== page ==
Doug Caudle poses shows off some of his inventory at his Statesville business, Caudle Coin & Currency.


Doug Caudle remembers the day he found one of his most treasured possessions — and simultaneously discovered what would become a lifetime passion.

One afternoon, when he was 12, Caudle was running around the playground at Monticello School when a shiny coin in the dirt caught his eye. He stopped and picked it up and realized it was foreign currency.

Caudle Coin & Currency is located at 865 N. Center Street in Statesville.

The year was 1975. In those days, if you wanted to know what a coin was worth, you could pop into John Carson’s coin shop on Center Street in Downtown Statesville and ask the proprietor. So that’s what Caudle did.

The coin, he learned, was a French franc.

“It didn’t have any value,” Caudle explained. “Mr. Carson was very kind and shared information about the coin and sparked a lifelong interest in the beauty and history of coins.”

Fast forward 48 years and you can find Caudle behind the counter of his own shop — Caudle Coin & Currency — regularly sharing information about the history and value of coins with his customers and amateur numismatists (coin collectors). He buys and sells coins, as well as gold and silver, in the small shop in the Forest Heights Shopping Center.

Caudle opened his business in December of 2021, three years after selling the family manufacturing business, Piedmont Fiberglass. He also obtained his auctioneer’s license and regularly conducts online auctions that attract buyers from all over the world.

“I needed to do something,” he explained. “I was too young to be that old.”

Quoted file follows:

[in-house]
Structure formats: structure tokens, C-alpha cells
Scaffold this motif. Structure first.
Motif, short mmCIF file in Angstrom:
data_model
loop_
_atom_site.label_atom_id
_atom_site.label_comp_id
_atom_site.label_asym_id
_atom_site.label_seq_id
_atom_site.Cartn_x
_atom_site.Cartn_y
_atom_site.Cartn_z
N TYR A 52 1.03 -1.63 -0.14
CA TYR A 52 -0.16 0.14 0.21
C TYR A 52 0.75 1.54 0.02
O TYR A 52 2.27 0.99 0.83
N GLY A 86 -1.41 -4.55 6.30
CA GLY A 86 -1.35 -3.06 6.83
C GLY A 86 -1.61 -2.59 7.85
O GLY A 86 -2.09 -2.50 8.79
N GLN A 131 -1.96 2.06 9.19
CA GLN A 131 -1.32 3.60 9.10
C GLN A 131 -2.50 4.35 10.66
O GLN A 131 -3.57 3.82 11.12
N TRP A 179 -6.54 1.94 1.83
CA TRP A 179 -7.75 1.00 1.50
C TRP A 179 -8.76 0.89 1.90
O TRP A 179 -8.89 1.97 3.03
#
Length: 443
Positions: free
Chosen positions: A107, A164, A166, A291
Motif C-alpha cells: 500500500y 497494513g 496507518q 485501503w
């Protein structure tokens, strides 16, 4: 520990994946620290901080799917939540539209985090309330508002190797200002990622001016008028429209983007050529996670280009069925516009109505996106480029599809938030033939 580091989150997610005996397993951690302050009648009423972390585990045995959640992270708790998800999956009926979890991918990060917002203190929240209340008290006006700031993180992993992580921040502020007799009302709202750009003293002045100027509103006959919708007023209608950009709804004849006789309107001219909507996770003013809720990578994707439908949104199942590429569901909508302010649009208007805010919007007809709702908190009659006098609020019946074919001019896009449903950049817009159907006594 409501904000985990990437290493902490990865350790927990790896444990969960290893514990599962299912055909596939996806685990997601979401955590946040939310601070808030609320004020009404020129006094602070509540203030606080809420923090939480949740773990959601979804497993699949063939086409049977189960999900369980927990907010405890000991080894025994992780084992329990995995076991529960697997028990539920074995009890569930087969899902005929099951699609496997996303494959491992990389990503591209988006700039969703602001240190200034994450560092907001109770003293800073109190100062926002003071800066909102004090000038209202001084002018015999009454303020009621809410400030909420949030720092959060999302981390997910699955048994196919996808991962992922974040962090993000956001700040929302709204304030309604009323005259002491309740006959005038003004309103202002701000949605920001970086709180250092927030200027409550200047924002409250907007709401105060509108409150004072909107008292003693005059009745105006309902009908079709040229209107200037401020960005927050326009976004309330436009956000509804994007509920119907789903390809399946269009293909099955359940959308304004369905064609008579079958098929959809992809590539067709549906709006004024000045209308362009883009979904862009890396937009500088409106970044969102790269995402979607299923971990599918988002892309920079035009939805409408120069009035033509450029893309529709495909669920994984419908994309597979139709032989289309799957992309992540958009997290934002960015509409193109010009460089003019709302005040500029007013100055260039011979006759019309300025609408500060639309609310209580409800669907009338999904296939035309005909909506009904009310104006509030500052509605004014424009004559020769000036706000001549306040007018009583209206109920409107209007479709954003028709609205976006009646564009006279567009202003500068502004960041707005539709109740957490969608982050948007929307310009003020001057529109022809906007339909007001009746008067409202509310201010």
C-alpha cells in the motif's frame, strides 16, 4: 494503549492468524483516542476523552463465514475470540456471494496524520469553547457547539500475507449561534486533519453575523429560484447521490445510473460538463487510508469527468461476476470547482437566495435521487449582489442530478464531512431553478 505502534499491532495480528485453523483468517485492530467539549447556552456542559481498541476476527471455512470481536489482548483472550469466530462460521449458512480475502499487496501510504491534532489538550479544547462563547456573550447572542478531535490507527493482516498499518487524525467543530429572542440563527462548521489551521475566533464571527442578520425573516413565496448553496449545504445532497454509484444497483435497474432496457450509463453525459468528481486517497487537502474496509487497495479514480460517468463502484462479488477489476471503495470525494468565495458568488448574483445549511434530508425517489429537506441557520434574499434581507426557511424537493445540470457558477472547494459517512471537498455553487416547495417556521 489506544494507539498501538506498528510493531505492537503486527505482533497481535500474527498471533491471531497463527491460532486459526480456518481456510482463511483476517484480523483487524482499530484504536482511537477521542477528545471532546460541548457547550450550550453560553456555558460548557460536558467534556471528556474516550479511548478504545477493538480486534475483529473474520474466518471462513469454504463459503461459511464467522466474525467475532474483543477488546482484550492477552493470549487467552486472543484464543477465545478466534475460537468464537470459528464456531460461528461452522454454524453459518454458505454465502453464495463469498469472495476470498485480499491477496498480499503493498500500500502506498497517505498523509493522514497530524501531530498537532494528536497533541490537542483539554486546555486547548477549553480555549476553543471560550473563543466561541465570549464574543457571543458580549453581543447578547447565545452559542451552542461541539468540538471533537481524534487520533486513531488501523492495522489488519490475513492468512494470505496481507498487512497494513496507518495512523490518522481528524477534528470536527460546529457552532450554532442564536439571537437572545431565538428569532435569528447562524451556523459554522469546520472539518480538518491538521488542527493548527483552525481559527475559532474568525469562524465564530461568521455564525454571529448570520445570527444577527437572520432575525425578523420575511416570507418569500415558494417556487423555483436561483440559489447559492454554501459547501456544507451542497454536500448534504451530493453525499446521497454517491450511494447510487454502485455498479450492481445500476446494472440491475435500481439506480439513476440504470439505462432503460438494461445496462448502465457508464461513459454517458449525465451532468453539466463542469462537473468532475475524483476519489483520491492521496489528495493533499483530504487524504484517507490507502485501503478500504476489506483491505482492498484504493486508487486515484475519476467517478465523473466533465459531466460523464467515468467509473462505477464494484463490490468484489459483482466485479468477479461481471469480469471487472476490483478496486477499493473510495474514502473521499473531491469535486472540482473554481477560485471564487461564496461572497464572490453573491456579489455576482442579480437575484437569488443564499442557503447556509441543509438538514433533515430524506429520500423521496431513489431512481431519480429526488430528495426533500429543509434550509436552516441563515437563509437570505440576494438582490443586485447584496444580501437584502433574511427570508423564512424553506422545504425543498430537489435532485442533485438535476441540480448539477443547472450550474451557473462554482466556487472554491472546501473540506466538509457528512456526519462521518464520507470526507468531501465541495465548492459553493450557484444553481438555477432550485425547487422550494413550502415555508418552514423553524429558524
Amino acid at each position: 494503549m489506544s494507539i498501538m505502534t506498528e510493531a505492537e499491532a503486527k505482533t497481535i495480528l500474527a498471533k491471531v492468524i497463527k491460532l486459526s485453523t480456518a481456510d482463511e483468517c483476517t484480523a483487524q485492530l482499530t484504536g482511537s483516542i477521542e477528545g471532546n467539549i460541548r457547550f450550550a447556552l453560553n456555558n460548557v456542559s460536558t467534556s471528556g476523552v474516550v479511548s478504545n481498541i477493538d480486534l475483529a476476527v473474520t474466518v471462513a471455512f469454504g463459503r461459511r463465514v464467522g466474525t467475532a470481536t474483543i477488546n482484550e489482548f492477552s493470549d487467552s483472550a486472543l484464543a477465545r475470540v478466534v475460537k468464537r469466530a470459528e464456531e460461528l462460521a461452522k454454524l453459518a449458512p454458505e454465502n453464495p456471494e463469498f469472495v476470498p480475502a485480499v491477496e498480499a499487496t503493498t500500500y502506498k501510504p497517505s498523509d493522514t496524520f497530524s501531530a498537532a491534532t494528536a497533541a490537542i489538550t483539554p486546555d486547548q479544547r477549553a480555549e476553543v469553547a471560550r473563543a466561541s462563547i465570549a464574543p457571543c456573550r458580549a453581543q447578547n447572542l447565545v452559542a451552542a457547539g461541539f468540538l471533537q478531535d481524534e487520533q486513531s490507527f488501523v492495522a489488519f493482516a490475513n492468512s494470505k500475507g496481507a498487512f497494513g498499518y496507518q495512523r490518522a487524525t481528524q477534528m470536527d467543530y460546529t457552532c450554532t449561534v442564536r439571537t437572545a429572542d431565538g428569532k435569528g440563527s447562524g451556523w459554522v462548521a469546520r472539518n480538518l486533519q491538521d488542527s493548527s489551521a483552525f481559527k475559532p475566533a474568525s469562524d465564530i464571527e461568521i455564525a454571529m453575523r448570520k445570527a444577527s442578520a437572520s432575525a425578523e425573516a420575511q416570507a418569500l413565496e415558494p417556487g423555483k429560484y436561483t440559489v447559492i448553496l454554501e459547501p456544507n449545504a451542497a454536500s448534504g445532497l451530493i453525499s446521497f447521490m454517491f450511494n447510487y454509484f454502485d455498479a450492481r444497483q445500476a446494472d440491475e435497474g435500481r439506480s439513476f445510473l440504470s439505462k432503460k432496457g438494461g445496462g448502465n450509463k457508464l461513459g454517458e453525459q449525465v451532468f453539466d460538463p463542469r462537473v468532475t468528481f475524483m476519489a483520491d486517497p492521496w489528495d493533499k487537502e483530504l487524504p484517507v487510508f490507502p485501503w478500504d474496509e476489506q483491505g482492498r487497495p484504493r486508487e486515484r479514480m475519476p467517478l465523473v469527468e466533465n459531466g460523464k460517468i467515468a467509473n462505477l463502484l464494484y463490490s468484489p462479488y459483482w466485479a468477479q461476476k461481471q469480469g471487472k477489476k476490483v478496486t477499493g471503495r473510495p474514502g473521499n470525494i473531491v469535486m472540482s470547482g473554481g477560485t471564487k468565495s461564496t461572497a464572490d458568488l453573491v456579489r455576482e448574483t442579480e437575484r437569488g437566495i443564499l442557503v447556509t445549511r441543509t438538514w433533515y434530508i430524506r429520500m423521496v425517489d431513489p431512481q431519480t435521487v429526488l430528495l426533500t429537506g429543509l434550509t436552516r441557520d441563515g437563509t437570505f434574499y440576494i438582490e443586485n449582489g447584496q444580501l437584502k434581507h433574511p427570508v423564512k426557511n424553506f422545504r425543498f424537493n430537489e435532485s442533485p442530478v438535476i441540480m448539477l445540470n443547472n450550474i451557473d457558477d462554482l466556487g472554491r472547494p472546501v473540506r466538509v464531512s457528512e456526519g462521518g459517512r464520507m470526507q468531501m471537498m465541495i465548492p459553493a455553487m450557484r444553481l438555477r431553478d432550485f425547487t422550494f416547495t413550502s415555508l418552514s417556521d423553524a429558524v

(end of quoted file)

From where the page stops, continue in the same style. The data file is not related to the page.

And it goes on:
While there is tremendous interest in trading gold and silver — and that is a robust part of his business, Caudle’s focus is on rare coins and paper currency.

He sounds like a history teacher as he discusses the minute details of Morgan dollars, which were minted from 1878 to 1904 and again in 1921, and Franklin half-dollars, which were struck from 1948 through 1963. These treasures are prominently displayed, alongside several 200-year-old half-dollar pieces featuring Lady Liberty worth about $90 each.

A coin’s value, Caudle explained, is based on how many were minted, where it was minted and the coin’s condition. Coins made in Carson City, Nev., have increased value because that mint was only in operation for 19 years. The amount of gold or silver in a coin can greatly enhance its value. Recently, as inflation has devalued the U.S. dollar, Caudle has seen an increase in customers wanting to invest in gold bullion and gold coins.

Although he has been interested in coins for nearly 50 years, Caudle still gets excited as he ponders the history of the coins that have passed through his collection. A 1799 penny that he sold, for example, was in circulation while George Washington was still alive. Examining a Morgan dollar minted in California in 1896, he considers the distance it has traveled. “What has it bought?” he wonders. “How did it get to Statesville from San Francisco?”

Almost all of the coins in Caudle’s shop are part of his personal collection, but he also sells coins that belong to other folks on consignment.

Often, someone comes into the shop who has inherited a relative’s coin collection. While some want to sell off the collection, others just want to know the value of their inheritance. In one of these collections, Caudle discovered a gold coin worth about $8,000.

With increasing frequency, Caudle said, individuals walk into the shop with a coin that they bought online with the expectation of selling it to him for $1,000. “They come in all excited and I have to be the dream crusher,” he said. “Don’t believe everything you read online.”

As for his own collection, Caudle is willing to part with everything except that French franc that he found years ago as a schoolboy. He’s holding onto that little treasure.

“About everything else except my wife and my dog is for sale,” he said.

EDITOR’S NOTE: This article was originally published in the June edition of “IFN Monthly.”

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